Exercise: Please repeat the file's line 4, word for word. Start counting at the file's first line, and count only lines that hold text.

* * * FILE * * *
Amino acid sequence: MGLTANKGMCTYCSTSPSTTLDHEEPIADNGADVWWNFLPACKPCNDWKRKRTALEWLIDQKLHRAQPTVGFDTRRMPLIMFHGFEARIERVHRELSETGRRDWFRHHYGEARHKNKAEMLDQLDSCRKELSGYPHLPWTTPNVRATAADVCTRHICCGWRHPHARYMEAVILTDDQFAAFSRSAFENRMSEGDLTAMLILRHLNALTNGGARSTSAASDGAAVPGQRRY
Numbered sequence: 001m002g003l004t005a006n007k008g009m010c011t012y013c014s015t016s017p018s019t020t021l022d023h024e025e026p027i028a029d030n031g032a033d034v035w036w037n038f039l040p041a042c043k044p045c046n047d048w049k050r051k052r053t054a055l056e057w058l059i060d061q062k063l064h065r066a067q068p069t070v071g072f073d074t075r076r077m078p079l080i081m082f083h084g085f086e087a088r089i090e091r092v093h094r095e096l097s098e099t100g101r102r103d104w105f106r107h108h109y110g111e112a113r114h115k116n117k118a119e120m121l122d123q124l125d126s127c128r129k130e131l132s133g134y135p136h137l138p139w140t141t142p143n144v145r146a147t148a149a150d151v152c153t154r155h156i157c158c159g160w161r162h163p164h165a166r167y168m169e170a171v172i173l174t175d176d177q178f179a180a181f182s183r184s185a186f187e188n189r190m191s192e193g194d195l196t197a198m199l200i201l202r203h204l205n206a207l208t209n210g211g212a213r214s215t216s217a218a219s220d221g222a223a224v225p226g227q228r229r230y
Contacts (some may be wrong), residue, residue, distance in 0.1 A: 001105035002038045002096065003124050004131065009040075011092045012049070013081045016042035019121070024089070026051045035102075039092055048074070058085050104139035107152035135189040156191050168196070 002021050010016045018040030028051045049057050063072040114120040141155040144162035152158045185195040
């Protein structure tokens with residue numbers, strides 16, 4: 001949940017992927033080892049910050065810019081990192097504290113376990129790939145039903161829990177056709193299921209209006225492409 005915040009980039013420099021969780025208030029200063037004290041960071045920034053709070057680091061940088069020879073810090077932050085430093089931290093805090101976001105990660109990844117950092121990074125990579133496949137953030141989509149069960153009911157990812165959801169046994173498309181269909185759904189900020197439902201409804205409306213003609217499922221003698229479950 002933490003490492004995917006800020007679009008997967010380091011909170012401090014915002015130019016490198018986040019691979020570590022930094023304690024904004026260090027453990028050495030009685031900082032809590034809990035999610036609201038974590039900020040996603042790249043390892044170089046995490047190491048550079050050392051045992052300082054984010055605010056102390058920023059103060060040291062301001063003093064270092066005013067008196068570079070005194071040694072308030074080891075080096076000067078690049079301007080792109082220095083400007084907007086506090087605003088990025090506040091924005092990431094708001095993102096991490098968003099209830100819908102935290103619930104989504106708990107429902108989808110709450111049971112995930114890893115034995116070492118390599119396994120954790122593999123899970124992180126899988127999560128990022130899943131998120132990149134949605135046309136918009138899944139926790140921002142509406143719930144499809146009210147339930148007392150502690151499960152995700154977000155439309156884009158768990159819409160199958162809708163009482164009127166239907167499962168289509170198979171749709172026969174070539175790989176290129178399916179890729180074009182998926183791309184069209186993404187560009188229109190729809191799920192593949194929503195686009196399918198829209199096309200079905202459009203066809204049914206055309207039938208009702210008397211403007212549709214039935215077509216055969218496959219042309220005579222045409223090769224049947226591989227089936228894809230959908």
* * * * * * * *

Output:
């Protein structure tokens with residue numbers, strides 16, 4: 001949940017992927033080892049910050065810019081990192097504290113376990129790939145039903161829990177056709193299921209209006225492409 005915040009980039013420099021969780025208030029200063037004290041960071045920034053709070057680091061940088069020879073810090077932050085430093089931290093805090101976001105990660109990844117950092121990074125990579133496949137953030141989509149069960153009911157990812165959801169046994173498309181269909185759904189900020197439902201409804205409306213003609217499922221003698229479950 002933490003490492004995917006800020007679009008997967010380091011909170012401090014915002015130019016490198018986040019691979020570590022930094023304690024904004026260090027453990028050495030009685031900082032809590034809990035999610036609201038974590039900020040996603042790249043390892044170089046995490047190491048550079050050392051045992052300082054984010055605010056102390058920023059103060060040291062301001063003093064270092066005013067008196068570079070005194071040694072308030074080891075080096076000067078690049079301007080792109082220095083400007084907007086506090087605003088990025090506040091924005092990431094708001095993102096991490098968003099209830100819908102935290103619930104989504106708990107429902108989808110709450111049971112995930114890893115034995116070492118390599119396994120954790122593999123899970124992180126899988127999560128990022130899943131998120132990149134949605135046309136918009138899944139926790140921002142509406143719930144499809146009210147339930148007392150502690151499960152995700154977000155439309156884009158768990159819409160199958162809708163009482164009127166239907167499962168289509170198979171749709172026969174070539175790989176290129178399916179890729180074009182998926183791309184069209186993404187560009188229109190729809191799920192593949194929503195686009196399918198829209199096309200079905202459009203066809204049914206055309207039938208009702210008397211403007212549709214039935215077509216055969218496959219042309220005579222045409223090769224049947226591989227089936228894809230959908």